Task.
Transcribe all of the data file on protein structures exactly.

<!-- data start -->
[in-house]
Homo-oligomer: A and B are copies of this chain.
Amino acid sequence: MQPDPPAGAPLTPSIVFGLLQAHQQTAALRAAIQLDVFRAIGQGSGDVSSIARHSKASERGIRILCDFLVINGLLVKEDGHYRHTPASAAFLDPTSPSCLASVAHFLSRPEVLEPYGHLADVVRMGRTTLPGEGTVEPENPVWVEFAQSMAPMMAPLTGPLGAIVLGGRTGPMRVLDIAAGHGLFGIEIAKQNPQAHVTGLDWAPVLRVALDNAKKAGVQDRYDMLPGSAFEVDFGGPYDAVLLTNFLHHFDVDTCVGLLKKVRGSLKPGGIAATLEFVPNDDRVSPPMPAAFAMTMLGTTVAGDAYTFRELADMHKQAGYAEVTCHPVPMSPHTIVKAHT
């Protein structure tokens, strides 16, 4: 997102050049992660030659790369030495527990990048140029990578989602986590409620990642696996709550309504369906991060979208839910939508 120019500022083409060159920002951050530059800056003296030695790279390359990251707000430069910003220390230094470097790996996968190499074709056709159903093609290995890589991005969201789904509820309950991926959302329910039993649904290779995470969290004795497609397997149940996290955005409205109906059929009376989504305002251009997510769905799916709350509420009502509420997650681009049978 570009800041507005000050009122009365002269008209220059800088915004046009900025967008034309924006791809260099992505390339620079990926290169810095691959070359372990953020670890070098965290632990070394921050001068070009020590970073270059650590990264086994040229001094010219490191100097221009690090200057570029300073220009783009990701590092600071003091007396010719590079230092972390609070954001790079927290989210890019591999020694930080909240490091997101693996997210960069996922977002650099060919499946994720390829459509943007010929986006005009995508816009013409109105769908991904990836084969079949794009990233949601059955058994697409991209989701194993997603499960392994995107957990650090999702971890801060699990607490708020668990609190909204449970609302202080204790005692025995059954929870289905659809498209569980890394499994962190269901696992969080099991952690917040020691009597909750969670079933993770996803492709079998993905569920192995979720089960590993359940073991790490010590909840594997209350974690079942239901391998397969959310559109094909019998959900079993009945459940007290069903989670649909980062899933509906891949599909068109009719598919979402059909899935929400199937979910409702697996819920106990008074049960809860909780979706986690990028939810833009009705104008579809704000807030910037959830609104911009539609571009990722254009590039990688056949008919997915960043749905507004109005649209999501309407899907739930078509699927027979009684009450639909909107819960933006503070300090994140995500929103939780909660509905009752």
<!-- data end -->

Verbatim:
[in-house]
Homo-oligomer: A and B are copies of this chain.
Amino acid sequence: MQPDPPAGAPLTPSIVFGLLQAHQQTAALRAAIQLDVFRAIGQGSGDVSSIARHSKASERGIRILCDFLVINGLLVKEDGHYRHTPASAAFLDPTSPSCLASVAHFLSRPEVLEPYGHLADVVRMGRTTLPGEGTVEPENPVWVEFAQSMAPMMAPLTGPLGAIVLGGRTGPMRVLDIAAGHGLFGIEIAKQNPQAHVTGLDWAPVLRVALDNAKKAGVQDRYDMLPGSAFEVDFGGPYDAVLLTNFLHHFDVDTCVGLLKKVRGSLKPGGIAATLEFVPNDDRVSPPMPAAFAMTMLGTTVAGDAYTFRELADMHKQAGYAEVTCHPVPMSPHTIVKAHT
């Protein structure tokens, strides 16, 4: 997102050049992660030659790369030495527990990048140029990578989602986590409620990642696996709550309504369906991060979208839910939508 120019500022083409060159920002951050530059800056003296030695790279390359990251707000430069910003220390230094470097790996996968190499074709056709159903093609290995890589991005969201789904509820309950991926959302329910039993649904290779995470969290004795497609397997149940996290955005409205109906059929009376989504305002251009997510769905799916709350509420009502509420997650681009049978 570009800041507005000050009122009365002269008209220059800088915004046009900025967008034309924006791809260099992505390339620079990926290169810095691959070359372990953020670890070098965290632990070394921050001068070009020590970073270059650590990264086994040229001094010219490191100097221009690090200057570029300073220009783009990701590092600071003091007396010719590079230092972390609070954001790079927290989210890019591999020694930080909240490091997101693996997210960069996922977002650099060919499946994720390829459509943007010929986006005009995508816009013409109105769908991904990836084969079949794009990233949601059955058994697409991209989701194993997603499960392994995107957990650090999702971890801060699990607490708020668990609190909204449970609302202080204790005692025995059954929870289905659809498209569980890394499994962190269901696992969080099991952690917040020691009597909750969670079933993770996803492709079998993905569920192995979720089960590993359940073991790490010590909840594997209350974690079942239901391998397969959310559109094909019998959900079993009945459940007290069903989670649909980062899933509906891949599909068109009719598919979402059909899935929400199937979910409702697996819920106990008074049960809860909780979706986690990028939810833009009705104008579809704000807030910037959830609104911009539609571009990722254009590039990688056949008919997915960043749905507004109005649209999501309407899907739930078509699927027979009684009450639909909107819960933006503070300090994140995500929103939780909660509905009752």